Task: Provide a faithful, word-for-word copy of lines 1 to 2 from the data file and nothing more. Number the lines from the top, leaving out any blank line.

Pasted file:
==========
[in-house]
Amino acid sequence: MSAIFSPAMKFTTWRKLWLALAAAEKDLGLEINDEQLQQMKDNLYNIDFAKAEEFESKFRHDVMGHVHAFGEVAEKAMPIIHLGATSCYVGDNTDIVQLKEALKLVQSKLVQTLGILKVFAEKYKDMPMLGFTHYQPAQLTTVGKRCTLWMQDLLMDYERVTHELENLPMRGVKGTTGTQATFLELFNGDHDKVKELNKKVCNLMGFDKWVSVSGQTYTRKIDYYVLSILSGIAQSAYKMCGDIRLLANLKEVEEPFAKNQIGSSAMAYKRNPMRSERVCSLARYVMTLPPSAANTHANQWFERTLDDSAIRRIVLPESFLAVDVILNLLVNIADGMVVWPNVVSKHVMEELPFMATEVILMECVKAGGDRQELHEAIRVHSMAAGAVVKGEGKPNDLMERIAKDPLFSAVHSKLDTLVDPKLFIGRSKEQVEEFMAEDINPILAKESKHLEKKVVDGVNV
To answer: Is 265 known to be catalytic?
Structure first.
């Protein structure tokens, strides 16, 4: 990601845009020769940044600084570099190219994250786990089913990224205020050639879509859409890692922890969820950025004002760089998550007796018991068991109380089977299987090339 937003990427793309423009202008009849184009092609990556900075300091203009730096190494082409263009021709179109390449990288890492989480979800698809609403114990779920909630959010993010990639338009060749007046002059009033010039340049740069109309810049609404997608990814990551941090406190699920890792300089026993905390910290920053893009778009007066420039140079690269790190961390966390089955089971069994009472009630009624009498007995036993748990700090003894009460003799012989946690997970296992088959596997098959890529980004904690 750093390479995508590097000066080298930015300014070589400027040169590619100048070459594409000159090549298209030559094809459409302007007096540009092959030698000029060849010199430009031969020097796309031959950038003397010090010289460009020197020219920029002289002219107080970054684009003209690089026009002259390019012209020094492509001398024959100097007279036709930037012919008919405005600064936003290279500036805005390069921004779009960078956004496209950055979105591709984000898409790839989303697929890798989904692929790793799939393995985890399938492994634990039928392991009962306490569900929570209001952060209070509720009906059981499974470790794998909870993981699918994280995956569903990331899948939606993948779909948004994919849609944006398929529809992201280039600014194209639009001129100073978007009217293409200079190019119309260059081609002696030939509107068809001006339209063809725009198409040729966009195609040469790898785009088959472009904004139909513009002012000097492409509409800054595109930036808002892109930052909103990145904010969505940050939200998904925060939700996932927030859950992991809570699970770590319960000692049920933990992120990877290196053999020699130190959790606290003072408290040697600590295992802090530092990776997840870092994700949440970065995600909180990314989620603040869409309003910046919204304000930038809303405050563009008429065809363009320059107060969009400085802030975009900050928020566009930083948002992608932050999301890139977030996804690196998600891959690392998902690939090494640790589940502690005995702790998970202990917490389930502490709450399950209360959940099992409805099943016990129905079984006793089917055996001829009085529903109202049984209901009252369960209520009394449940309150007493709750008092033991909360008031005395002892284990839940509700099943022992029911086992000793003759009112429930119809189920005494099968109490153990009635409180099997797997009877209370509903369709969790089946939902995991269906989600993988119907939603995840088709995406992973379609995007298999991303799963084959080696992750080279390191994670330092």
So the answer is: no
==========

[in-house]
Amino acid sequence: MSAIFSPAMKFTTWRKLWLALAAAEKDLGLEINDEQLQQMKDNLYNIDFAKAEEFESKFRHDVMGHVHAFGEVAEKAMPIIHLGATSCYVGDNTDIVQLKEALKLVQSKLVQTLGILKVFAEKYKDMPMLGFTHYQPAQLTTVGKRCTLWMQDLLMDYERVTHELENLPMRGVKGTTGTQATFLELFNGDHDKVKELNKKVCNLMGFDKWVSVSGQTYTRKIDYYVLSILSGIAQSAYKMCGDIRLLANLKEVEEPFAKNQIGSSAMAYKRNPMRSERVCSLARYVMTLPPSAANTHANQWFERTLDDSAIRRIVLPESFLAVDVILNLLVNIADGMVVWPNVVSKHVMEELPFMATEVILMECVKAGGDRQELHEAIRVHSMAAGAVVKGEGKPNDLMERIAKDPLFSAVHSKLDTLVDPKLFIGRSKEQVEEFMAEDINPILAKESKHLEKKVVDGVNV